It is unclear if the first gene therapy for Duchenne muscular dystrophy will be approved by the Food and Drug Administration (FDA), as scientists examining the treatment remain skeptical of its effectiveness days before a major regulatory conference.
The FDA is holding a panel discussion to determine whether or not Duchenne patients who are still able to walk should be allowed to take the therapy, which was created by biotechnology company Sarepta Therapeutics. Experts will be asked to decide if the therapy’s capacity to boost production of a potentially beneficial protein called microdystrophin warrants an accelerated approval.
The agency will additionally request that the panel talk about the effect the authorization would have on a Phase 3 trial of the treatment, but they will not be voting on it. Results from that research, which will provide a more comprehensive test of the treatment’s impact and could influence the FDA’s decision, are expected from Sarepta in roughly six months.
Although the FDA usually takes the recommendations of its advisory committees into consideration, this is not always the case. The deadline for the agency’s decision is May 29.
Wednesday’s documents highlight the FDA scientists’ viewpoint and provide a glimpse into their perspective on the information Sarepta has gathered thus far. They demonstrate that the agency’s employees do not think Sarepta has produced “unambiguous evidence” that its treatment can benefit people with Duchenne.
“It is challenging to conclude with reasonable certainty from the data provided by the applicant either that [the therapy] is likely effective for younger patients, or that it is likely ineffective for older patients or those with somewhat poorer functional status,” FDA staff stated.
They were worried about greenlighting an ineffective gene treatment. Patients are often only given one shot at receiving a therapy like Sarepta’s since the medicine causes an immune response to the modified virus that administers it.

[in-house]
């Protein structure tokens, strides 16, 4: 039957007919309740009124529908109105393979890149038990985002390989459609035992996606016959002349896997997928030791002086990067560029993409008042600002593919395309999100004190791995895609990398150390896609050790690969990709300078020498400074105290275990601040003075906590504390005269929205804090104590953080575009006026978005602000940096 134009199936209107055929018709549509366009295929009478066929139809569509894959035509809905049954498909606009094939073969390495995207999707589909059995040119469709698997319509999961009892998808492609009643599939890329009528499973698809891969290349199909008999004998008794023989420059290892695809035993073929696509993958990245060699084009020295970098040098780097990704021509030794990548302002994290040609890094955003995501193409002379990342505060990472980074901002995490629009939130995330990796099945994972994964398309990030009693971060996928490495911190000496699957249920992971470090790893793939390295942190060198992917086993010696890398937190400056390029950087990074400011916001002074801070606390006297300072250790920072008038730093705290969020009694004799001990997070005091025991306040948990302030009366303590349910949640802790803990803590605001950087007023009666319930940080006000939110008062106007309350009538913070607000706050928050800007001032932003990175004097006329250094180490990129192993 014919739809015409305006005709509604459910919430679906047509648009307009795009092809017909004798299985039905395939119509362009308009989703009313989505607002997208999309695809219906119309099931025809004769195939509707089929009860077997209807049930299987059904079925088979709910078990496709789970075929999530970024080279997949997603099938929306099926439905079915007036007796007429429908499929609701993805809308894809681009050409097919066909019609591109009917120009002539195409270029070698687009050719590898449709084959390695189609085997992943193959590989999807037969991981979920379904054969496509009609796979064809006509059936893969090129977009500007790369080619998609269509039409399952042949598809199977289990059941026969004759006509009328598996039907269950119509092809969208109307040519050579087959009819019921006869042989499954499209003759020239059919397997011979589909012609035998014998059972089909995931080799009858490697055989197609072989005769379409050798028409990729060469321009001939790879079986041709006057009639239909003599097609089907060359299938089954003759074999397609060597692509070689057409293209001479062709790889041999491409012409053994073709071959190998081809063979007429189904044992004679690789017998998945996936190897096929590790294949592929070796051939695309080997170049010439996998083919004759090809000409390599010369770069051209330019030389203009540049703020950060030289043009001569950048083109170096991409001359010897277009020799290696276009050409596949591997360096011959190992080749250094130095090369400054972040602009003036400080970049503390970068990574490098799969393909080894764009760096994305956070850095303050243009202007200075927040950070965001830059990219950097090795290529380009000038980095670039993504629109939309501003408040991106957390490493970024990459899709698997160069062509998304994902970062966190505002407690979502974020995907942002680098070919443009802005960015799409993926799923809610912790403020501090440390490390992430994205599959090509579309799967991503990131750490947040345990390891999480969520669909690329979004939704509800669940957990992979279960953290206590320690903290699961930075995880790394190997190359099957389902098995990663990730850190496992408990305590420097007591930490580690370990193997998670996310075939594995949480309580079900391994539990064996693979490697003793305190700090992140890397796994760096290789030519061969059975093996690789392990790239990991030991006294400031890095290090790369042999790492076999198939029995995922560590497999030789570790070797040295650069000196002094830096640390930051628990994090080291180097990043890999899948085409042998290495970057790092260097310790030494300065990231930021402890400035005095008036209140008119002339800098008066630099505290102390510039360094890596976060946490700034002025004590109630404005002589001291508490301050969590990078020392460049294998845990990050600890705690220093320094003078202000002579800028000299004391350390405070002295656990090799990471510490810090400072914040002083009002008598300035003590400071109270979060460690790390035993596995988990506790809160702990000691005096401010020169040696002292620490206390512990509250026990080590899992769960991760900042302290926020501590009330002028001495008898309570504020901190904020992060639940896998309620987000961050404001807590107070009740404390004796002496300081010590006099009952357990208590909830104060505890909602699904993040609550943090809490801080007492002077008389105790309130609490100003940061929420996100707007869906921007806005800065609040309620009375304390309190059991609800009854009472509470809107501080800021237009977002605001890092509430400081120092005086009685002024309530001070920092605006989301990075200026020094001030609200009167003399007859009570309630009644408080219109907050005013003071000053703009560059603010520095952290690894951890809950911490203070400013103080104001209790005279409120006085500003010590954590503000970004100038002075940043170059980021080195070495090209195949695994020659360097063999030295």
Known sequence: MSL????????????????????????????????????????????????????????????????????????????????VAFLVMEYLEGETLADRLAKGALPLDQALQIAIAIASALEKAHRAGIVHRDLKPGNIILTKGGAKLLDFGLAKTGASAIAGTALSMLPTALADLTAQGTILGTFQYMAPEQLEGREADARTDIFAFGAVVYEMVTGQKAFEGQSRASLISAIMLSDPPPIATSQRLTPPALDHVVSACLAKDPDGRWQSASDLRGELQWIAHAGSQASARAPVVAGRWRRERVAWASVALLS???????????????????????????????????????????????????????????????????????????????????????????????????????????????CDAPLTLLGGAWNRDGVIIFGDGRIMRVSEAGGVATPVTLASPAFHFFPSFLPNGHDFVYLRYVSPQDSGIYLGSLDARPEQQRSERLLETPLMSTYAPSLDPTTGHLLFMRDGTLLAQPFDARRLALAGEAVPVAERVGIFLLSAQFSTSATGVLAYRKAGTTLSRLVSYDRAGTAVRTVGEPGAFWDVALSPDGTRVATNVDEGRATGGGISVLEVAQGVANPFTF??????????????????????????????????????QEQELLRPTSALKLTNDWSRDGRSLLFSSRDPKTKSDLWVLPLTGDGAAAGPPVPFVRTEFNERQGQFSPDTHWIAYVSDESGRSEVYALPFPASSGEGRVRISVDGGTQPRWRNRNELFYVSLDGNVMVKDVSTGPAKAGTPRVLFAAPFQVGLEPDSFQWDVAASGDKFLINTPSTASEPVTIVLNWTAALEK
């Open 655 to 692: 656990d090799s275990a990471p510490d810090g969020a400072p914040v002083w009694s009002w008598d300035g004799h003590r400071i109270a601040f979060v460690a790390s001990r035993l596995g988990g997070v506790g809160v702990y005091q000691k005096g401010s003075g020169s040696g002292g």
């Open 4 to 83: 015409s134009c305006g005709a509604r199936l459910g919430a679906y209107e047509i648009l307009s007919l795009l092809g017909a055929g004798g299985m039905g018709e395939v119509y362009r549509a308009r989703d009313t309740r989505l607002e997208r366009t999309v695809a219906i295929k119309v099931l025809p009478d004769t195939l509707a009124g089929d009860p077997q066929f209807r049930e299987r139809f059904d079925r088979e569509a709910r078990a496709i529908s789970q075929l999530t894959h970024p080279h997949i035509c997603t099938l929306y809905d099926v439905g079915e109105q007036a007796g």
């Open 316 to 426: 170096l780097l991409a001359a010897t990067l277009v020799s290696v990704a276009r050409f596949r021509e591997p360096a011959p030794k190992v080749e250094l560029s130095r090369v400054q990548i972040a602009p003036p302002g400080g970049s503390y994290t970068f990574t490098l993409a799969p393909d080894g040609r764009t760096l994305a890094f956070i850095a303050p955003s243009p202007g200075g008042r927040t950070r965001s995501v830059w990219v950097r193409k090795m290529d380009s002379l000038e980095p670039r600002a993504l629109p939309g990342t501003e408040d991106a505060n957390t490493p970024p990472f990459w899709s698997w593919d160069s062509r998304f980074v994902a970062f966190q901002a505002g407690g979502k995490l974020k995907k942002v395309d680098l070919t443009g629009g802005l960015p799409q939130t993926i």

While the virus used by Sarepta is not believed to be harmful, it has been linked to major side effects in clinical trials of gene treatments. In examinations using Sarepta, the most commonly reported adverse events were sickness, vomiting, and liver damage. Five cases of severe acute liver damage, one incidence of muscular weakness, and a form of cardiac inflammation were also noted by FDA reviewers during clinical testing. Sarepta ruled out individuals with certain genetic variants from testing because of the risk of myositis, a kind of muscular weakness that is known to be a common side effect of microdystrophin gene treatments.
Duchenne is a rare, expanding, and deadly disorder caused by a genetic defect that prevents the body from making dystrophin, a protein that normally protects muscles. Muscle weakness and atrophy characterize this condition, which affects boys almost exclusively. Patients often lose their mobility in their teens and pass away from cardiovascular or respiratory failure by the time they are 30.
Several medications, including three from Sarepta, known as “exon skippers,” are suspected – but have not been shown – to moderately delay the progression of the disease by producing a shorter version of dystrophin. Steroids are used by most patients; however, they have negative side effects and can hinder a child’s growth.
The goal of Sarepta’s gene therapy is to provide long-term, perhaps permanent, recovery after a single treatment. It stimulates the production of microdystrophin, a smaller form of the protein that is deficient in people with Duchenne muscular dystrophy.